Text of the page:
New York City has, for decades, been one of the world' s most important cities. It is the financial center of the world, a home for the major media companies, and is a cultural and fashion core, to only touch the surface. Over 7.3 million people call the City home. Even more commute into New York each day to take advantage of its many business opportunities. With so many people and vehicles making use of the city's streets, it is imperative that these streets accommodate the pedestrian and the driver in the most effective and convenient way.

A study of the City's current street furniture (street furniture being any thing or object added to the street for the purpose of enhancement) proves that it barely serves the needs of the people. Garbage cans overflow into the street, telephones are consistently broken, streets are congested, signs are vandalized, illegible or otherwise missing, sidewalks are dirty; in general, the streets are not suitable for today' s needs.

Furthermore, the streets do not take advantage of the latest available technology. Variable message signs could more then replace the street and traffic signs of today. With the use of satellites and the capability of cellular phones, the payphone of today should already be a thing of the past. With the technological advances being made today, and the possibilities that will arise tomorrow, the street that is possible will far surpass the outdated street we still use. We envision the "Smart Street". A futuristic street that will fill all pedestrian and drivers needs and more.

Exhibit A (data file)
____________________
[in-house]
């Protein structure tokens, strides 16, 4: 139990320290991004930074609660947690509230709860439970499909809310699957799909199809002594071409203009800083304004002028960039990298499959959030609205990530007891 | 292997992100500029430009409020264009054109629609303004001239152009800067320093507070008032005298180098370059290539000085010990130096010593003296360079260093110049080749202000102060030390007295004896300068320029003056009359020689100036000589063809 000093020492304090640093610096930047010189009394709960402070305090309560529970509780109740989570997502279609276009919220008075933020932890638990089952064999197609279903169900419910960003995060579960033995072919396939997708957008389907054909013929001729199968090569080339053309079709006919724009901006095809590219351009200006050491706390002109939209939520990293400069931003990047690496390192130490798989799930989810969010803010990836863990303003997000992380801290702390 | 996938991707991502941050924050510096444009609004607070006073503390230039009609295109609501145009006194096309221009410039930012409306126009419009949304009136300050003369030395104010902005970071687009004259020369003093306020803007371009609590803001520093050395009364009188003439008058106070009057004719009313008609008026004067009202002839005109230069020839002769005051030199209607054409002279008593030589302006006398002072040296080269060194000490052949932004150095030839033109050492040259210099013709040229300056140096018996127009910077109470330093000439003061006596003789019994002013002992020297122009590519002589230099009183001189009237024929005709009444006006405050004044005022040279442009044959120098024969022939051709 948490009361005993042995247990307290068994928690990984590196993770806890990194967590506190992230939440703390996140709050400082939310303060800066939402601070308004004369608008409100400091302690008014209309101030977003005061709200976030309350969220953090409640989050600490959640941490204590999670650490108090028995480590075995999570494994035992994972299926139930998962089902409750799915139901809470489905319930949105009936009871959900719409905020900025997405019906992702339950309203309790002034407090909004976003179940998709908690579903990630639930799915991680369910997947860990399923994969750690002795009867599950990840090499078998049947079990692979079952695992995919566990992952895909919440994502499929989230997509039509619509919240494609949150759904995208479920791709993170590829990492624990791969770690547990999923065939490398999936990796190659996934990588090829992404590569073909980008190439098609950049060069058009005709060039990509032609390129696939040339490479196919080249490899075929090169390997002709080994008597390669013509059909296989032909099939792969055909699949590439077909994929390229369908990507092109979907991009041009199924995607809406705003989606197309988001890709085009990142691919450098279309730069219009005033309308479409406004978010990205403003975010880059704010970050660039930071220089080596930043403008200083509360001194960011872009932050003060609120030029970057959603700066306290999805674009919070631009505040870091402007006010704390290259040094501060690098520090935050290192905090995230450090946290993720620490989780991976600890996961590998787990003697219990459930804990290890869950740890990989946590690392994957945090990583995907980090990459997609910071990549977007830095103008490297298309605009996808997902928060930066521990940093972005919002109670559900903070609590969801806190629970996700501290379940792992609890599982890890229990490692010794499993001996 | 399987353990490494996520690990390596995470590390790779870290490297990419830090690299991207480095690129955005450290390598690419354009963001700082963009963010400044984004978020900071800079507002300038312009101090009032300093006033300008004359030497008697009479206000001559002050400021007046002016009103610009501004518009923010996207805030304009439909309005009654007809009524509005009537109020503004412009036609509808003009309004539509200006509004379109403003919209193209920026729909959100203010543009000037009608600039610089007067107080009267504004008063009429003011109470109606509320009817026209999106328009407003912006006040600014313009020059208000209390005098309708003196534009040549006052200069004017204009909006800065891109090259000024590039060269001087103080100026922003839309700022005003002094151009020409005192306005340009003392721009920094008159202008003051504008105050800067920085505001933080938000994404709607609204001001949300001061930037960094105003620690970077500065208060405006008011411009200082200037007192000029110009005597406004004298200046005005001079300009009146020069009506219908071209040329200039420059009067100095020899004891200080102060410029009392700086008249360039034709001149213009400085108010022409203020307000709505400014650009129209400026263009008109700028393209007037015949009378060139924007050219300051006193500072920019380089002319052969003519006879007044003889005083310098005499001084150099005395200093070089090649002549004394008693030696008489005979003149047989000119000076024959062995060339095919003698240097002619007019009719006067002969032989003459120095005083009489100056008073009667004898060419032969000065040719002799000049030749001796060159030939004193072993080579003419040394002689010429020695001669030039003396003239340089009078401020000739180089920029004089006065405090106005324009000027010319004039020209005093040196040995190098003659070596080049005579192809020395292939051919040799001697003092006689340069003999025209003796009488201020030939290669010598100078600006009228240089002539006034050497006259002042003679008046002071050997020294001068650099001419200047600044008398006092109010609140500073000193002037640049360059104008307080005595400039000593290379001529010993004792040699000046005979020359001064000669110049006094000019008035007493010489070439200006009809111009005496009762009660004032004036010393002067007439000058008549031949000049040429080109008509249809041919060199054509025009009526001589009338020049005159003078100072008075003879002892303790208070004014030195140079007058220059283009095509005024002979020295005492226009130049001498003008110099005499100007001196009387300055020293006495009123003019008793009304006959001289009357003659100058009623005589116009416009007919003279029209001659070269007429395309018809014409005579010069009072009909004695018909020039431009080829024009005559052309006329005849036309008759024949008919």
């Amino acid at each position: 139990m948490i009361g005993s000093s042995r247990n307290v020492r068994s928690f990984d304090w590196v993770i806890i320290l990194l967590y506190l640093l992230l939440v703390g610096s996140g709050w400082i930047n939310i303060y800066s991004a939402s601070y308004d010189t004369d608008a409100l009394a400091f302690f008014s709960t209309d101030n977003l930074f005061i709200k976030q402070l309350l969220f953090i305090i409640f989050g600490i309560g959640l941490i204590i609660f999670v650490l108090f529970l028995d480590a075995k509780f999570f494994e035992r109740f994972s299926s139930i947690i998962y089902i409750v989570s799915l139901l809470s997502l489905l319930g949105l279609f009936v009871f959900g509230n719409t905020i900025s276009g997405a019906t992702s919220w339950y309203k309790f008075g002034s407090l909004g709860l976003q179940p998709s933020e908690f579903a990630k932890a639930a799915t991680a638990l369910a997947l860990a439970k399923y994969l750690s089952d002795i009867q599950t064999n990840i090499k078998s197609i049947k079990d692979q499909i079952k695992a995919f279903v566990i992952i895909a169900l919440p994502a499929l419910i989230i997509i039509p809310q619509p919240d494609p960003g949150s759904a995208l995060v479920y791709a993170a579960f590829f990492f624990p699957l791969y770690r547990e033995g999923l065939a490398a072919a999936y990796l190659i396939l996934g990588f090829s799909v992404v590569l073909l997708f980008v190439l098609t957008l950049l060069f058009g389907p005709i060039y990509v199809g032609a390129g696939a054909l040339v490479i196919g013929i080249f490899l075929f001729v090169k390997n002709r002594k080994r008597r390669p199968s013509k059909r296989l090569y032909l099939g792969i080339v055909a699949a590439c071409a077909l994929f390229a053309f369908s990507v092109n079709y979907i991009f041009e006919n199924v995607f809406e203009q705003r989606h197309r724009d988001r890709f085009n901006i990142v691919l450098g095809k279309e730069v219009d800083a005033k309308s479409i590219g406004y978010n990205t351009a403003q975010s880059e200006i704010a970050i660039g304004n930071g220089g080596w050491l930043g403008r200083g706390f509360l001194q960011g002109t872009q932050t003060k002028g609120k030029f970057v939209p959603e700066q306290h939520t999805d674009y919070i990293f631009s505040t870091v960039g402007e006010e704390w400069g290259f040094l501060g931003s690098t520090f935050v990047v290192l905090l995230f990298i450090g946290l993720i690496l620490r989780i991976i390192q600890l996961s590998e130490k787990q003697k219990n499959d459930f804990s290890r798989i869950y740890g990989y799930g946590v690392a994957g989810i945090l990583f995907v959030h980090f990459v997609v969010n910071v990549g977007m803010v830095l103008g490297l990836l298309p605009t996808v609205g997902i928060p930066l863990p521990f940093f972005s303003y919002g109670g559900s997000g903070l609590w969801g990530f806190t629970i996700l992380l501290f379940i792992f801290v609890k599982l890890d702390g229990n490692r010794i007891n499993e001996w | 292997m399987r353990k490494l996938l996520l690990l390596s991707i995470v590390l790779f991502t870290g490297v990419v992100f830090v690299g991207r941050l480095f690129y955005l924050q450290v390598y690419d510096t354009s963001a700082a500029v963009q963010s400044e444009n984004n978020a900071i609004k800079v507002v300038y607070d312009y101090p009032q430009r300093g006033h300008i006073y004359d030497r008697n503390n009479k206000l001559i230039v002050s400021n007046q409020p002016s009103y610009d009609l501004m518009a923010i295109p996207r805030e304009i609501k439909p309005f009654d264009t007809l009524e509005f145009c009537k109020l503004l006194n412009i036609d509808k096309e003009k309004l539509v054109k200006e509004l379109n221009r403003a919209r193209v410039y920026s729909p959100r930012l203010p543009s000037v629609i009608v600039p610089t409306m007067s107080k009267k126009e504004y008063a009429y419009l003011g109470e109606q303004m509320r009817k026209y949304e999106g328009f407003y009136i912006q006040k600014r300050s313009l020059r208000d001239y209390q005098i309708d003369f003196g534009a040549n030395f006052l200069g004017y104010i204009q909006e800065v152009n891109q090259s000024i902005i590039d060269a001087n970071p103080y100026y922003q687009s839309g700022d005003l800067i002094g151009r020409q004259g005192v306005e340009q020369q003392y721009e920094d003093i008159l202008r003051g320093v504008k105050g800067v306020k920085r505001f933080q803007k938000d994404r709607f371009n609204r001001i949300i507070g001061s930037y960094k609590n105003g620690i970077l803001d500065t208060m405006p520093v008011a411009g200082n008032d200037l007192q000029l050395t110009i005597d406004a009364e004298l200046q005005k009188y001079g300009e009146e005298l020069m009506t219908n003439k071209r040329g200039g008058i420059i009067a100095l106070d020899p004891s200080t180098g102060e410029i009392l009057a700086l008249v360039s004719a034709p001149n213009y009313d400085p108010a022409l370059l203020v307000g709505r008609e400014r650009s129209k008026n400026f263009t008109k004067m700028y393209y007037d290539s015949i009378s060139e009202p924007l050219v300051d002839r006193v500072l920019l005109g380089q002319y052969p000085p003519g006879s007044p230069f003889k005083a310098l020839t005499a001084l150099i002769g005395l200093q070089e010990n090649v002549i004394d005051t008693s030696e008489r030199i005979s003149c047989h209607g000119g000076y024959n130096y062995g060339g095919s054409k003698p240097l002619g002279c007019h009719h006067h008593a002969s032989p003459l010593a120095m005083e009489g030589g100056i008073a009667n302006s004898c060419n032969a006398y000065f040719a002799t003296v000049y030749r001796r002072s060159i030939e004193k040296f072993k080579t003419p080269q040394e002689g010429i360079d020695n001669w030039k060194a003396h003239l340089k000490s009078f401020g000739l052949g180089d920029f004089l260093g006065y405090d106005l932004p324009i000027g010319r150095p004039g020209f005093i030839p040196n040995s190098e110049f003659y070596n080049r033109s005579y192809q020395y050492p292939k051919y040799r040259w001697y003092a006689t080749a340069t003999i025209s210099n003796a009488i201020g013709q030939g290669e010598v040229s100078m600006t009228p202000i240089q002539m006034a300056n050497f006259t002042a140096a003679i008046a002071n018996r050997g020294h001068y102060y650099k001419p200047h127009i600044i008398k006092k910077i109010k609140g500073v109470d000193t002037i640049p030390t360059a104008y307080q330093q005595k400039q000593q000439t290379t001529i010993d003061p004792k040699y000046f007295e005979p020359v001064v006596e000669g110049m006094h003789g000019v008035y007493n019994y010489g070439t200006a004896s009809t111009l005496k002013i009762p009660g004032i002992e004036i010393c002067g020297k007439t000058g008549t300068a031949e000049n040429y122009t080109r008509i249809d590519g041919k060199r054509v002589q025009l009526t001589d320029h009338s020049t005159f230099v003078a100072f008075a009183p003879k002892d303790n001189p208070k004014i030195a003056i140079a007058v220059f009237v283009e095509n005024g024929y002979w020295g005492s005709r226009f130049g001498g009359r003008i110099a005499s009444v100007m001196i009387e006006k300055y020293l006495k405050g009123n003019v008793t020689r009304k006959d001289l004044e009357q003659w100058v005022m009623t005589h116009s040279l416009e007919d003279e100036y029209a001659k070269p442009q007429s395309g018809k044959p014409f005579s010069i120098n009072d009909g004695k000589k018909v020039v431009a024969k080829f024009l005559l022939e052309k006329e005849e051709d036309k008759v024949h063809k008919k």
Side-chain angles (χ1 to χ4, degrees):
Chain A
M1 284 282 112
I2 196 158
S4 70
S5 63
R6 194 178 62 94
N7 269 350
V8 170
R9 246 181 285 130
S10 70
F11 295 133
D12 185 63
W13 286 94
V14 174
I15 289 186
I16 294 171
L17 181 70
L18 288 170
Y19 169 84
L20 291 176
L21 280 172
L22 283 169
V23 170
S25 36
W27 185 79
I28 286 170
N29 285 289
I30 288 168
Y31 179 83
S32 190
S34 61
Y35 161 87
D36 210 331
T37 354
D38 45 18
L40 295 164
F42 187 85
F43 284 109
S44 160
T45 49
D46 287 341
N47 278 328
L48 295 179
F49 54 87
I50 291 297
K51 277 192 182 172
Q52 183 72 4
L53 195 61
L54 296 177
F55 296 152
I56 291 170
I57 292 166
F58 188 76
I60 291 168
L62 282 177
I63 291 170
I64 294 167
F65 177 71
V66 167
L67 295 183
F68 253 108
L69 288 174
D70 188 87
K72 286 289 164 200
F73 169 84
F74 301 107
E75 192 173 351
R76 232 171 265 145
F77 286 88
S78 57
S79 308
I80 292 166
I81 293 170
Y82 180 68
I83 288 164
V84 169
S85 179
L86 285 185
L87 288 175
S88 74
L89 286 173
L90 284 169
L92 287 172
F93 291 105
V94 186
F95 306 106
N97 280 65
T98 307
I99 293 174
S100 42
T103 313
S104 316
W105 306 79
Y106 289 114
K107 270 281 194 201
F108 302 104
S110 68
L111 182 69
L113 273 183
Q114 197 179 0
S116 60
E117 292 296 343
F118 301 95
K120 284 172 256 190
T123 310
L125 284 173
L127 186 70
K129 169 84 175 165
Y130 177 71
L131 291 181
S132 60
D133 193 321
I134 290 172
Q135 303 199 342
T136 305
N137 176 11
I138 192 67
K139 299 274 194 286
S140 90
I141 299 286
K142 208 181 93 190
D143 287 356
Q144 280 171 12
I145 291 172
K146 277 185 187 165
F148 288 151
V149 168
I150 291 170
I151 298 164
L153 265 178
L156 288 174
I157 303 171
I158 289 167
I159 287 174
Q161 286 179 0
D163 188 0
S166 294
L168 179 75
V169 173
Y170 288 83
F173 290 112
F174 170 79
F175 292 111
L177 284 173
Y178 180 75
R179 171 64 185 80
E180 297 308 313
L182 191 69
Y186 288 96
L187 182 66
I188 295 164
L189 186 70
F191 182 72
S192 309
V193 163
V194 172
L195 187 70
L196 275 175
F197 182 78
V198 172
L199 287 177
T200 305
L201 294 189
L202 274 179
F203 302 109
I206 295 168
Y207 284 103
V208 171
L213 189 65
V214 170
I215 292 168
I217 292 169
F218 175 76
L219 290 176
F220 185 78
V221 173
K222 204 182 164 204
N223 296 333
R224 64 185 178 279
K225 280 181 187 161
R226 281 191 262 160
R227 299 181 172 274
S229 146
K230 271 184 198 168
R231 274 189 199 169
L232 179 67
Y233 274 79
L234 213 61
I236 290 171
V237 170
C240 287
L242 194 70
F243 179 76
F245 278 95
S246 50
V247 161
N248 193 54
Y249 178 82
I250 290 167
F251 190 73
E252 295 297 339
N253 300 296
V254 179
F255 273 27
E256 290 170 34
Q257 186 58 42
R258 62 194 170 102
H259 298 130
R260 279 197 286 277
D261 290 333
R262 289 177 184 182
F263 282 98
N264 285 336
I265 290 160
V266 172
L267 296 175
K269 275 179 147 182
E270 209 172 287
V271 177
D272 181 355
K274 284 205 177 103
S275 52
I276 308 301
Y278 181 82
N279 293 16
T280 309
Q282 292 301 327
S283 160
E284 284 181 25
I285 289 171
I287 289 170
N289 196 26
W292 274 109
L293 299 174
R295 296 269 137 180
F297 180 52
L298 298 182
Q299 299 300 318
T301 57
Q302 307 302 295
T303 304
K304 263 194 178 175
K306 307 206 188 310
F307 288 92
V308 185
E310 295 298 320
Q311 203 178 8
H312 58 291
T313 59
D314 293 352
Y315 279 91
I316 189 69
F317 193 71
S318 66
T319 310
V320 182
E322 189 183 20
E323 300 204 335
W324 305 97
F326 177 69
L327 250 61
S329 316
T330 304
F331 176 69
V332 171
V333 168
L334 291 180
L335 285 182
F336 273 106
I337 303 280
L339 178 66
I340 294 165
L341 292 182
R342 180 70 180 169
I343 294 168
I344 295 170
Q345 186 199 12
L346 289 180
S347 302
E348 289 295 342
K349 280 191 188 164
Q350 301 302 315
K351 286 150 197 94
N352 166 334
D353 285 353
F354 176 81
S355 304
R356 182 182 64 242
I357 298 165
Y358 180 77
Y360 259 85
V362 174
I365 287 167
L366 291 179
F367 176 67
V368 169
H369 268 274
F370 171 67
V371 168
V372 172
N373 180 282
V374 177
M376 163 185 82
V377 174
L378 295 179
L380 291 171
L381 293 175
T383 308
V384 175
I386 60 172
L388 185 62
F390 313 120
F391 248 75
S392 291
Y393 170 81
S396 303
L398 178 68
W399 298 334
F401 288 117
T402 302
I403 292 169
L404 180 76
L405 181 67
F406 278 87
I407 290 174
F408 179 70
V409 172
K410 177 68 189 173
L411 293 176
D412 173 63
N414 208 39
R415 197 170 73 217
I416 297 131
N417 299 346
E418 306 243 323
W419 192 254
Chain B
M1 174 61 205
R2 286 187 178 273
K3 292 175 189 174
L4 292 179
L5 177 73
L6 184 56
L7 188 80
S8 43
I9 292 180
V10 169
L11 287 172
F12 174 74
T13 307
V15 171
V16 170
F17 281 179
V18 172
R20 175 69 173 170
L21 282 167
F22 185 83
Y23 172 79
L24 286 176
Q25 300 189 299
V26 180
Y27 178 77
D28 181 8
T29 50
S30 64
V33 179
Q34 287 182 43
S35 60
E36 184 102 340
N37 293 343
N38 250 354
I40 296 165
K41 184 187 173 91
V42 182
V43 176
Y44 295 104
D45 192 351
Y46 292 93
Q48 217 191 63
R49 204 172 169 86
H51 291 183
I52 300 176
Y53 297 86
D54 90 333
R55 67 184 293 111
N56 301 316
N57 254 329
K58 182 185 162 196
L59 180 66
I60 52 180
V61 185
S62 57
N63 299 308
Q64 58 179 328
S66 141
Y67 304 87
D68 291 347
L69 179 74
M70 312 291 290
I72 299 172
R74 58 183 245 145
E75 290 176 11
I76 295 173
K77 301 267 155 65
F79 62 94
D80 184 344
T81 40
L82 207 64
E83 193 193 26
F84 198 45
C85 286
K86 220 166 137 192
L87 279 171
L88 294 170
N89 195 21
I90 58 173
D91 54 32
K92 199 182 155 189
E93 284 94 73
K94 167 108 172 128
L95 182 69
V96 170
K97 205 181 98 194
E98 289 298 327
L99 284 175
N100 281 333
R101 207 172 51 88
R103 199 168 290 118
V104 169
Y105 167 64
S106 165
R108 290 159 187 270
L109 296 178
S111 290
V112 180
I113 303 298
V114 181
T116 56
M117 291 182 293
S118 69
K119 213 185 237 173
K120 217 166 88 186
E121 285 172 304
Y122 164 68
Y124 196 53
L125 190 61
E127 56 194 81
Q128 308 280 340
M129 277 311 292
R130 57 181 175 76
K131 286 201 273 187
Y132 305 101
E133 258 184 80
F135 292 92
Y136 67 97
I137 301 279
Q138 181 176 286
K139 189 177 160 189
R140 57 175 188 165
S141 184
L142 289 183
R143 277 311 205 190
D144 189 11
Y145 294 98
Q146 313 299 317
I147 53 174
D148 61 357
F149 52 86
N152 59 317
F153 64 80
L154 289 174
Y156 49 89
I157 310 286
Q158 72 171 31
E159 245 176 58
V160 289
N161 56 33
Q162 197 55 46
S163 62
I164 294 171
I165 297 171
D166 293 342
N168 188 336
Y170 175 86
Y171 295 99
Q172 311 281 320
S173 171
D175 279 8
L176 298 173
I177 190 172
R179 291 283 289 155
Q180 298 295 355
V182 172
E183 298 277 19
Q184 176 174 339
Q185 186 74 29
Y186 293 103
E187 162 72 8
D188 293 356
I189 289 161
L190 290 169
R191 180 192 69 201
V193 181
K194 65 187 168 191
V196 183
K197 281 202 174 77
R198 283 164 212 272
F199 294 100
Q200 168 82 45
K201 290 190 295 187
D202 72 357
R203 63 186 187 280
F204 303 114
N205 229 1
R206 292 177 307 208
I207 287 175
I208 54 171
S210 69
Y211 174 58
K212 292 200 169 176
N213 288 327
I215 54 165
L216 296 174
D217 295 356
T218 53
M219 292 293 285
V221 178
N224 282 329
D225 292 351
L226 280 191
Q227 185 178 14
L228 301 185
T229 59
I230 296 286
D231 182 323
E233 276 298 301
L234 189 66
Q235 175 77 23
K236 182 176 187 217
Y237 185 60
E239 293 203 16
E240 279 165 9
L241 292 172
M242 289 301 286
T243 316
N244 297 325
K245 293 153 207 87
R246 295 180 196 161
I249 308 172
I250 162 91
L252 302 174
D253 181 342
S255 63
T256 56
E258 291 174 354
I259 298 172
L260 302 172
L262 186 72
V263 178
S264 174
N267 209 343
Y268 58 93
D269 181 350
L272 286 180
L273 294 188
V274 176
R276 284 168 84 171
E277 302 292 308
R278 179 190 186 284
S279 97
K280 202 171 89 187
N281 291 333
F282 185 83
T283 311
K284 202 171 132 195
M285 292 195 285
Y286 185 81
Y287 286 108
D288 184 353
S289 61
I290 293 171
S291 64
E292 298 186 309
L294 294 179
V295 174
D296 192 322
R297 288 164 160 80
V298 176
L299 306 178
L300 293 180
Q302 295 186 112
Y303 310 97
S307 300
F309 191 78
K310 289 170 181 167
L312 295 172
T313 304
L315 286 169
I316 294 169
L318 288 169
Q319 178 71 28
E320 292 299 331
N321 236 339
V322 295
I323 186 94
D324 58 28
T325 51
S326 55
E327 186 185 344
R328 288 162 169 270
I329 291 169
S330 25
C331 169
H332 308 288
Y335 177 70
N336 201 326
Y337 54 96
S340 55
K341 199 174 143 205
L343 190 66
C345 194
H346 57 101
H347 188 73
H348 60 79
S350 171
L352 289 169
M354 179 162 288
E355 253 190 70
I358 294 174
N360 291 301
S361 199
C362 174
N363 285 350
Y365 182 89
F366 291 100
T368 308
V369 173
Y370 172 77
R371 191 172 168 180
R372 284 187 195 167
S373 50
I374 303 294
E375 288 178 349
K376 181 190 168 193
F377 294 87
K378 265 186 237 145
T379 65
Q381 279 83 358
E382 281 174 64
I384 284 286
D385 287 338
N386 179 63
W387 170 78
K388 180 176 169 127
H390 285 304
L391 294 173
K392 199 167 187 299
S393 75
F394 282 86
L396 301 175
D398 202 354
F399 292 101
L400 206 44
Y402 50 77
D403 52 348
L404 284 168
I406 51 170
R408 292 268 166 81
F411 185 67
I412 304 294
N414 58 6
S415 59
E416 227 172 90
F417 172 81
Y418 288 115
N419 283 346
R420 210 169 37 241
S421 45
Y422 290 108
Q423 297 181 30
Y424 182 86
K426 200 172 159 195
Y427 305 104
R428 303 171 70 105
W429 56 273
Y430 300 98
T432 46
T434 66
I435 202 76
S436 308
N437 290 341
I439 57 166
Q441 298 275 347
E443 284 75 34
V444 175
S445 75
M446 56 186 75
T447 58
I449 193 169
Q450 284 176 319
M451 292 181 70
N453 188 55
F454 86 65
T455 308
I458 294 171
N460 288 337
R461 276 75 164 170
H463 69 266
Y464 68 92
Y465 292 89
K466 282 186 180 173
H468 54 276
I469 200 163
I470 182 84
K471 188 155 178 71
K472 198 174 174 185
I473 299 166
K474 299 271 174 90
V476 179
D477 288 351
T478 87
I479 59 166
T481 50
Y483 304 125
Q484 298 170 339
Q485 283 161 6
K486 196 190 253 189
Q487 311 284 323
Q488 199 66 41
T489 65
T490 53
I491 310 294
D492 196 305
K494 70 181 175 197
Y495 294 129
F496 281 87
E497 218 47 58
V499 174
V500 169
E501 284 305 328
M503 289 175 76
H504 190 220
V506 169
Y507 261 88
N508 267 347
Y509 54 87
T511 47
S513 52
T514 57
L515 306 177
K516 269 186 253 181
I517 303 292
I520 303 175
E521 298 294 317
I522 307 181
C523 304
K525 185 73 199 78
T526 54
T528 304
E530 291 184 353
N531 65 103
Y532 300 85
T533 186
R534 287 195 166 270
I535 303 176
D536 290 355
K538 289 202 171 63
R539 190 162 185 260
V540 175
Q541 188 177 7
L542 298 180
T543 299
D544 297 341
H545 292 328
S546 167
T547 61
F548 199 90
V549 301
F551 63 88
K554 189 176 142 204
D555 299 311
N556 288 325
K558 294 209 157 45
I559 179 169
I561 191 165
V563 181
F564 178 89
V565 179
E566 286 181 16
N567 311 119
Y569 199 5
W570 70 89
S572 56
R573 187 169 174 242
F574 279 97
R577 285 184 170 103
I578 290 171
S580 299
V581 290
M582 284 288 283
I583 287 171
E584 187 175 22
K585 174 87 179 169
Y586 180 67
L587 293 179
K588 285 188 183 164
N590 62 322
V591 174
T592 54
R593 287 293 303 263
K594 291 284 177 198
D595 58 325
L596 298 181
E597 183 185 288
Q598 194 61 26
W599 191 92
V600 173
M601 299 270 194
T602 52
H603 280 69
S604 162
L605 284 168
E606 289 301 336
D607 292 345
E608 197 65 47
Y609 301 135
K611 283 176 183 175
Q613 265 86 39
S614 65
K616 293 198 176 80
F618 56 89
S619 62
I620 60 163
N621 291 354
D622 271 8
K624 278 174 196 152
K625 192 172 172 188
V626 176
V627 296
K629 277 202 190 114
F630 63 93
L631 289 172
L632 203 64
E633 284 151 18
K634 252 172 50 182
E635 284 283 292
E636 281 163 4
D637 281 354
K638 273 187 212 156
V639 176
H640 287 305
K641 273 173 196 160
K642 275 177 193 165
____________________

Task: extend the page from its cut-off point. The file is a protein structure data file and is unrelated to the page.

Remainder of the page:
Such a street will put both general and vital information at your fingertips. You will always know what time it is, what the temperature is and where you are. You will be able to check on your house, where your kids are and what they are doing. You can have a business conference with a colleague in Tokyo. Anything you need can be bought in one place. Anything that a person has ever wanted from a street will be available.

The report which follows is a preliminary report and the basis for such a street. It begins by addressing the needs of a person using the streets, whether it be pedestrian or driver. It then discusses the inadequacies of today' s attempts at servicing these needs. The report then allows for a glimpse at what can be expected from a Smart Street.

Finally, we touch on the aspect of revenue. A lot of money stands to be made from a street with such advances. This portfolio and report really serve to spark the imagination of the reader. By pointing out the needs of a typical person utilizing a street, and by showing the shortcomings of today's streets, we hope to realize the Smart Street of tomorrow.

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Copyright © 1996 Cooper Union Smart Street Project Team
Last modified Monday, April 8, 1996